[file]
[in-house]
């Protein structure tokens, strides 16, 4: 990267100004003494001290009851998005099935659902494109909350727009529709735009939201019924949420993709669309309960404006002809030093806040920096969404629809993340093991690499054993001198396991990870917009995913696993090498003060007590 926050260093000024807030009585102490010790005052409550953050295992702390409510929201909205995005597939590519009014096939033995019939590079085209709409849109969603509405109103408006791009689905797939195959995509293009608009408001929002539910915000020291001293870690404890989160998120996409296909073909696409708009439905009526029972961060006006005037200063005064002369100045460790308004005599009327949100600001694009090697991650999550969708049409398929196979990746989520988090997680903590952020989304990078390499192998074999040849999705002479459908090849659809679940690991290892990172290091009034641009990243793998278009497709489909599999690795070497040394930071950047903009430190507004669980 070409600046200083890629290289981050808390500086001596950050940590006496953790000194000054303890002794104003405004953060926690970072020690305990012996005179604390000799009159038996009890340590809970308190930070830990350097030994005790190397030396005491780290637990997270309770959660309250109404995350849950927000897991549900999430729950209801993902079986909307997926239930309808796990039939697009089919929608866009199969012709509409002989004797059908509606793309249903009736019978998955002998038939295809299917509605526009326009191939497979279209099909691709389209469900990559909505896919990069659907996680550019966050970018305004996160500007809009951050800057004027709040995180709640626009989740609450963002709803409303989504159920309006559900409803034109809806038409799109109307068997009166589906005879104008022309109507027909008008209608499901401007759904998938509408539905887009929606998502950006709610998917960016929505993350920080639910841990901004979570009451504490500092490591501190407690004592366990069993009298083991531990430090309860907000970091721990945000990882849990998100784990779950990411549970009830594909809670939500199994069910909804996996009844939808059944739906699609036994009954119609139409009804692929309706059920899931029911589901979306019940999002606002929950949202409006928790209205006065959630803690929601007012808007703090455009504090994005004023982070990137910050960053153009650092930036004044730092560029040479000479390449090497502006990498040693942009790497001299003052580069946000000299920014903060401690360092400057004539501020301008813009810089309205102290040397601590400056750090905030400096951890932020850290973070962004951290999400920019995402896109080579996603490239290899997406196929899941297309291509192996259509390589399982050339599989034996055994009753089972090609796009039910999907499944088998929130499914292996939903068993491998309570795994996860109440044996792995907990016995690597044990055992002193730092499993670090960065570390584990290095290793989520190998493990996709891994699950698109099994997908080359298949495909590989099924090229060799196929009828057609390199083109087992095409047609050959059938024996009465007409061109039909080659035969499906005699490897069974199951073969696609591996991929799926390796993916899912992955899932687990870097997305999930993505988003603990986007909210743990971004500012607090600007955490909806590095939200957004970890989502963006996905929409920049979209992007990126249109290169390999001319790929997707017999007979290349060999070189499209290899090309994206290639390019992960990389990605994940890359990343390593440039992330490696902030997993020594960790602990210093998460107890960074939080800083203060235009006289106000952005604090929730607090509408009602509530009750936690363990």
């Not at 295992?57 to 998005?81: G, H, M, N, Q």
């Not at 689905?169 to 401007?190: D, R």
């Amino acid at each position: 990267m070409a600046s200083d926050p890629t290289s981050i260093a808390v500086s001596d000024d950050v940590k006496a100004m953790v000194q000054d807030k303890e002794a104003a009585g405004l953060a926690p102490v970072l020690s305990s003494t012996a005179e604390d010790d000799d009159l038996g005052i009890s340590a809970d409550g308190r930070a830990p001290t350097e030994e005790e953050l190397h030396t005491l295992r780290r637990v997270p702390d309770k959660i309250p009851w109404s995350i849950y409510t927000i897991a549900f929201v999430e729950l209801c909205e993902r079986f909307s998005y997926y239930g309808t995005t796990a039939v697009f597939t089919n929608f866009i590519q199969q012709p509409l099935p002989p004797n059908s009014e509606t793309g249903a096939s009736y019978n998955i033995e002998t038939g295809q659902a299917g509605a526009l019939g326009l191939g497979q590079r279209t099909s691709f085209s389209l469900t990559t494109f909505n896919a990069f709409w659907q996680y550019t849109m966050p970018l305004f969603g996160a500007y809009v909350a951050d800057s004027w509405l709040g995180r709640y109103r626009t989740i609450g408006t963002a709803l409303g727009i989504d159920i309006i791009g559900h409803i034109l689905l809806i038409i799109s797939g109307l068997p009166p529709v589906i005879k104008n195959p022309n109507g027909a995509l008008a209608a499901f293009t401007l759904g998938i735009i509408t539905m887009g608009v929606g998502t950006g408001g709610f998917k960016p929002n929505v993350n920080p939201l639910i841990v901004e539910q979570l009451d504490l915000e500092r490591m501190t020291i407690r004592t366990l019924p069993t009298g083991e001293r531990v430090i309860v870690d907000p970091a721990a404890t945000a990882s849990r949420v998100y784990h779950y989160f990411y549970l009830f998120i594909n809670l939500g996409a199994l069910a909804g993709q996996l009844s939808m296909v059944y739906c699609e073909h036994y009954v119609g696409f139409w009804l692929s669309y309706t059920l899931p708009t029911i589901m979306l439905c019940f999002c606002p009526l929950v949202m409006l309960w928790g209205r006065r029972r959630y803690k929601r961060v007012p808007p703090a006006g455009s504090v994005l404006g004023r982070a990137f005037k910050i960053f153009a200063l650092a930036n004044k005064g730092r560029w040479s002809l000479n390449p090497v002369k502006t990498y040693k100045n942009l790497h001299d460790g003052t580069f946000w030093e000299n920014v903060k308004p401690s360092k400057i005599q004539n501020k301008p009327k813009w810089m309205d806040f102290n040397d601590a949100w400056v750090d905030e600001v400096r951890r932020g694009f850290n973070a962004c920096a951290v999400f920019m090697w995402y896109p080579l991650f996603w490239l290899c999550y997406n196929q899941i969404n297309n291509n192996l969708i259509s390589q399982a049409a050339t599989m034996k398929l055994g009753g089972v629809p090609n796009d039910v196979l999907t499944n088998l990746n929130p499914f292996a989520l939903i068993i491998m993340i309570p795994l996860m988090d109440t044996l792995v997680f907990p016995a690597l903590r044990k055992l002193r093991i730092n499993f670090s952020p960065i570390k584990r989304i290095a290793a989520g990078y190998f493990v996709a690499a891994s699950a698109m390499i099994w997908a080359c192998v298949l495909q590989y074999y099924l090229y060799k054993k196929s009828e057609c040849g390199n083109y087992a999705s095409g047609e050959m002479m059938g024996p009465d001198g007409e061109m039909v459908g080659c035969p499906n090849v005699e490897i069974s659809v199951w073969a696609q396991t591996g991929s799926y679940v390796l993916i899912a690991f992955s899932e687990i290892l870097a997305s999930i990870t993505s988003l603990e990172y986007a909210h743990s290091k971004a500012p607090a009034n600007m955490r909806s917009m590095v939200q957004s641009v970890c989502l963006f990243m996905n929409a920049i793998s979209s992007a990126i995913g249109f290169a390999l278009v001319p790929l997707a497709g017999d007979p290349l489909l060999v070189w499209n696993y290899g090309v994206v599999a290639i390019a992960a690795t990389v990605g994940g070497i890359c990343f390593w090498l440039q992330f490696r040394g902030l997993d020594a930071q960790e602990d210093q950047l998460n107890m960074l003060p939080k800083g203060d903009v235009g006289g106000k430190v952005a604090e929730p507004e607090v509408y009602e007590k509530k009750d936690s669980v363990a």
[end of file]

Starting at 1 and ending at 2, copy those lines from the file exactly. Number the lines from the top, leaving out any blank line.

[in-house]
């Protein structure tokens, strides 16, 4: 990267100004003494001290009851998005099935659902494109909350727009529709735009939201019924949420993709669309309960404006002809030093806040920096969404629809993340093991690499054993001198396991990870917009995913696993090498003060007590 926050260093000024807030009585102490010790005052409550953050295992702390409510929201909205995005597939590519009014096939033995019939590079085209709409849109969603509405109103408006791009689905797939195959995509293009608009408001929002539910915000020291001293870690404890989160998120996409296909073909696409708009439905009526029972961060006006005037200063005064002369100045460790308004005599009327949100600001694009090697991650999550969708049409398929196979990746989520988090997680903590952020989304990078390499192998074999040849999705002479459908090849659809679940690991290892990172290091009034641009990243793998278009497709489909599999690795070497040394930071950047903009430190507004669980 070409600046200083890629290289981050808390500086001596950050940590006496953790000194000054303890002794104003405004953060926690970072020690305990012996005179604390000799009159038996009890340590809970308190930070830990350097030994005790190397030396005491780290637990997270309770959660309250109404995350849950927000897991549900999430729950209801993902079986909307997926239930309808796990039939697009089919929608866009199969012709509409002989004797059908509606793309249903009736019978998955002998038939295809299917509605526009326009191939497979279209099909691709389209469900990559909505896919990069659907996680550019966050970018305004996160500007809009951050800057004027709040995180709640626009989740609450963002709803409303989504159920309006559900409803034109809806038409799109109307068997009166589906005879104008022309109507027909008008209608499901401007759904998938509408539905887009929606998502950006709610998917960016929505993350920080639910841990901004979570009451504490500092490591501190407690004592366990069993009298083991531990430090309860907000970091721990945000990882849990998100784990779950990411549970009830594909809670939500199994069910909804996996009844939808059944739906699609036994009954119609139409009804692929309706059920899931029911589901979306019940999002606002929950949202409006928790209205006065959630803690929601007012808007703090455009504090994005004023982070990137910050960053153009650092930036004044730092560029040479000479390449090497502006990498040693942009790497001299003052580069946000000299920014903060401690360092400057004539501020301008813009810089309205102290040397601590400056750090905030400096951890932020850290973070962004951290999400920019995402896109080579996603490239290899997406196929899941297309291509192996259509390589399982050339599989034996055994009753089972090609796009039910999907499944088998929130499914292996939903068993491998309570795994996860109440044996792995907990016995690597044990055992002193730092499993670090960065570390584990290095290793989520190998493990996709891994699950698109099994997908080359298949495909590989099924090229060799196929009828057609390199083109087992095409047609050959059938024996009465007409061109039909080659035969499906005699490897069974199951073969696609591996991929799926390796993916899912992955899932687990870097997305999930993505988003603990986007909210743990971004500012607090600007955490909806590095939200957004970890989502963006996905929409920049979209992007990126249109290169390999001319790929997707017999007979290349060999070189499209290899090309994206290639390019992960990389990605994940890359990343390593440039992330490696902030997993020594960790602990210093998460107890960074939080800083203060235009006289106000952005604090929730607090509408009602509530009750936690363990």